12. Fill each pie with a generous tablespoon of mincemeat. Don't fill each pie completely to the top as you need to leave space to add a lid.
  13. Cut out 14 smaller circles and place onto the top of each pie. Gently press around the edges to seal the lid to the base of the pie
  14. Using a sharp knife, cut a slit in the top of each pie
  15. Brush the top of each pie with a little milk
  16. Cover the pies with cling film and chill for about 30 minutes
  17. Preheat the oven to 200ºC/180ºC fan
  18. Bakes the pies for 20 minutes, until the pastry is a golden brown colour.
  19. Once cooked, leave to cool in the tin for about 10 minutes and then remove and allow to cool on a wire rack (or, even better, eat them still warm from the oven)
http://charlotteslivelykitchen.com/mince-pies/

Nutritional information per mince pie*

deep filled mince pies nutrition


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* This is the estimated nutritional information per portion including the nutrition as a percentage of an adult’s reference intake. Please refer to my guide to Charlotte’s Lively Kitchen nutritional information if you want to learn more about how this is calculated.

 

 

 

11 Comments:

  1. I WILL be making these 🙂

  2. Your deep filled mince pies look delicious, I love plenty of mincemeat in a mince pie. Popping over from #RecipeOfTheWeek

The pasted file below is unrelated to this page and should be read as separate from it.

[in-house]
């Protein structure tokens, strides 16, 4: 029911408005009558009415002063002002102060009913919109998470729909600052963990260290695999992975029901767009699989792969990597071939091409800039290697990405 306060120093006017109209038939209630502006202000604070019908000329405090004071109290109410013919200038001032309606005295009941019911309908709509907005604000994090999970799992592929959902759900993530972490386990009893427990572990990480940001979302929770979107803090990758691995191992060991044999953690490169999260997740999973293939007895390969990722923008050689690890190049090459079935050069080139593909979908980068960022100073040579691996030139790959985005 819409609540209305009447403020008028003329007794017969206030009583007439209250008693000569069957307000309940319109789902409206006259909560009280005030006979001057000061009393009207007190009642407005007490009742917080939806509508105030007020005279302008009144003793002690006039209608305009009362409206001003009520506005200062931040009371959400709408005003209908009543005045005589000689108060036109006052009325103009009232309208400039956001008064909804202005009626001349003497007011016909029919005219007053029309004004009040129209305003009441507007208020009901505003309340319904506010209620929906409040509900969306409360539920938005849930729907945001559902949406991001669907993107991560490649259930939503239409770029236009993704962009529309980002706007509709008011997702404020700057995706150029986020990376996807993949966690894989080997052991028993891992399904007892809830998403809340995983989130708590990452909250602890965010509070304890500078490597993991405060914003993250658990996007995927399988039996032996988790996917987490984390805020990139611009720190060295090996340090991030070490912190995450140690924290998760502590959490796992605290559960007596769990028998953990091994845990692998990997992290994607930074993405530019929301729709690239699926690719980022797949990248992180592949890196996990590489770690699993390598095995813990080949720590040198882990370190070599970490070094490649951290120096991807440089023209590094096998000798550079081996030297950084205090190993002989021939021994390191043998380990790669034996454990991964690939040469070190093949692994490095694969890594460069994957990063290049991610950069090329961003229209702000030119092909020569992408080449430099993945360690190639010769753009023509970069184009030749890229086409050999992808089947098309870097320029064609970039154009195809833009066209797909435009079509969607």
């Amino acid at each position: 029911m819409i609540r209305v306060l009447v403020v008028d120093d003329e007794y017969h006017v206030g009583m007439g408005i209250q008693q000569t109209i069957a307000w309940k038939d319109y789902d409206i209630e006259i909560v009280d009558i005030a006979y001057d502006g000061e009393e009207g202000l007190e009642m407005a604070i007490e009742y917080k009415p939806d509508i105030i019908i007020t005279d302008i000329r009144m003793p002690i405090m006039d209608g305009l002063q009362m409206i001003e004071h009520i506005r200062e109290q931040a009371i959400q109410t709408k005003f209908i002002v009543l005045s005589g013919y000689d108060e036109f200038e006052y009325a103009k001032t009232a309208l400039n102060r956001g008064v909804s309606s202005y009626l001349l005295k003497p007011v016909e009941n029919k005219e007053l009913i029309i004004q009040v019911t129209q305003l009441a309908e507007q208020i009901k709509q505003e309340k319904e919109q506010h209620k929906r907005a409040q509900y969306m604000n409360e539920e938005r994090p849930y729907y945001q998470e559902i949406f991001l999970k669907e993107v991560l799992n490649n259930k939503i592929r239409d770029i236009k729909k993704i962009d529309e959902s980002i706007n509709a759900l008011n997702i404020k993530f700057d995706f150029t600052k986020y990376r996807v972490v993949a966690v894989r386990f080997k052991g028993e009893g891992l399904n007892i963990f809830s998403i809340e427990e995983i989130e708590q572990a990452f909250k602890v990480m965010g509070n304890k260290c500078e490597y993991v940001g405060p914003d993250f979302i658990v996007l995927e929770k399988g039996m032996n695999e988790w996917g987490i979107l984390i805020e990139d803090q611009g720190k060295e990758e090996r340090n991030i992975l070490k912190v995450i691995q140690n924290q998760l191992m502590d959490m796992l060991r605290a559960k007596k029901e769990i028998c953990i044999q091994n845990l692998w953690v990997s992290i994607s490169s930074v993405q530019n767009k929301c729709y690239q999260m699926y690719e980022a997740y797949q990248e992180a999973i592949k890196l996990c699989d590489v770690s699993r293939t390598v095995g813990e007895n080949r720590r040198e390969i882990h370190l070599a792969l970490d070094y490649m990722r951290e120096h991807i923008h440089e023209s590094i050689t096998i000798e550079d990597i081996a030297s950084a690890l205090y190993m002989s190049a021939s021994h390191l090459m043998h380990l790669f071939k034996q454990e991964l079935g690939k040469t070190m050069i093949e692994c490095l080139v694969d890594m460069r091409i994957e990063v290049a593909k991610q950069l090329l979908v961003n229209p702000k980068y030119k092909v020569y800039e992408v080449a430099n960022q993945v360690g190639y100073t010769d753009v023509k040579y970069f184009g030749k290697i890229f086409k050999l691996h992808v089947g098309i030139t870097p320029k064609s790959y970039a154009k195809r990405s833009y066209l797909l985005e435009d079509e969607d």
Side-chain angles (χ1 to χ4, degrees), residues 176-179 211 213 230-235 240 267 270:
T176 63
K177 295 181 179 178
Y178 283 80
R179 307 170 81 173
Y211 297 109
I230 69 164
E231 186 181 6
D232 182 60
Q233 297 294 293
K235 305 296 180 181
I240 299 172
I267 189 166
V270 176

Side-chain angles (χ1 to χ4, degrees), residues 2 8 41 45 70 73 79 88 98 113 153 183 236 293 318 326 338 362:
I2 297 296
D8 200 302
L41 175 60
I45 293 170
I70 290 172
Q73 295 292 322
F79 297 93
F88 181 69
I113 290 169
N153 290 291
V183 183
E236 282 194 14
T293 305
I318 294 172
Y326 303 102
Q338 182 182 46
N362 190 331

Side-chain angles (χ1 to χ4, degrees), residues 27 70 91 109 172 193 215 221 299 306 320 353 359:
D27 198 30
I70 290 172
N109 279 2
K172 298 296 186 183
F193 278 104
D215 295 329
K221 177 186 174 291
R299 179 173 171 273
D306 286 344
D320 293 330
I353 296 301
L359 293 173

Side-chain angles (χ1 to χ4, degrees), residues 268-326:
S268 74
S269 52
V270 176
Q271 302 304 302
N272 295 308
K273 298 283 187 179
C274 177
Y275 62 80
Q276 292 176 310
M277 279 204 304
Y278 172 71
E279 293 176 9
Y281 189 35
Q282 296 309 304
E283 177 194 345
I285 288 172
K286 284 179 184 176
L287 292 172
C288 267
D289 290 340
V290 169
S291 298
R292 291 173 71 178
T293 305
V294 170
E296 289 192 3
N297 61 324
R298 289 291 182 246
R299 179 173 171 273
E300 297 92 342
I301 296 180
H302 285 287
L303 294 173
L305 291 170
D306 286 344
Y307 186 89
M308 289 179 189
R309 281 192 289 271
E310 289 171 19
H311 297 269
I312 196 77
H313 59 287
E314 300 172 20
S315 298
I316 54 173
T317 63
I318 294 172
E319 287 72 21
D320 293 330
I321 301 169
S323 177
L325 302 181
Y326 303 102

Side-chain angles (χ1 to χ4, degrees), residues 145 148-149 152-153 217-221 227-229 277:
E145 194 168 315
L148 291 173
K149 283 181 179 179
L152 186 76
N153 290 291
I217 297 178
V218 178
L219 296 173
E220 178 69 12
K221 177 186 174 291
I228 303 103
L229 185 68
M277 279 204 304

3. I really agree with you (and Paul Hollywood) on using a muffin tin: it makes it so much easier to put the mince pies together, especially if you are getting the help of little hands!

    • I suspect that I’ll need more than a muffin tin to make neat and tidy pies with my boys. Our melting snowman biscuits looked a little like we’d made them for Halloween rather than Christmas!

  4. I agree with you (and Paul Hollywood, and Mel!) It’s all about the muffin tin. Sometimes mince pies can be so mean with just a dot of mincemeat, I like a good ratio and these look perfect. Thanks so much for linking to #festivefoodfriday.

    • I can’t stand a mince pie which is all pastry and no mincemeat. You and I (and Mel and Paul Hollywood) are very wise – we know the right way to make a proper mince pie. I’ll be over later to link to this week’s #festivefoodfriday. Happy Christmas x

  5. Hi, thanks for recipe, I am searching good version for my xmass mince pies. Problem is that hubby is vegetarian so I cannot use mincemeat. Could you please help me if I can add something else? I found recipe with vegetarian suet, but its difficult to buy it here. I am living in Czech Rep. Thanks for help. And ofc pre Merry Xmass 😀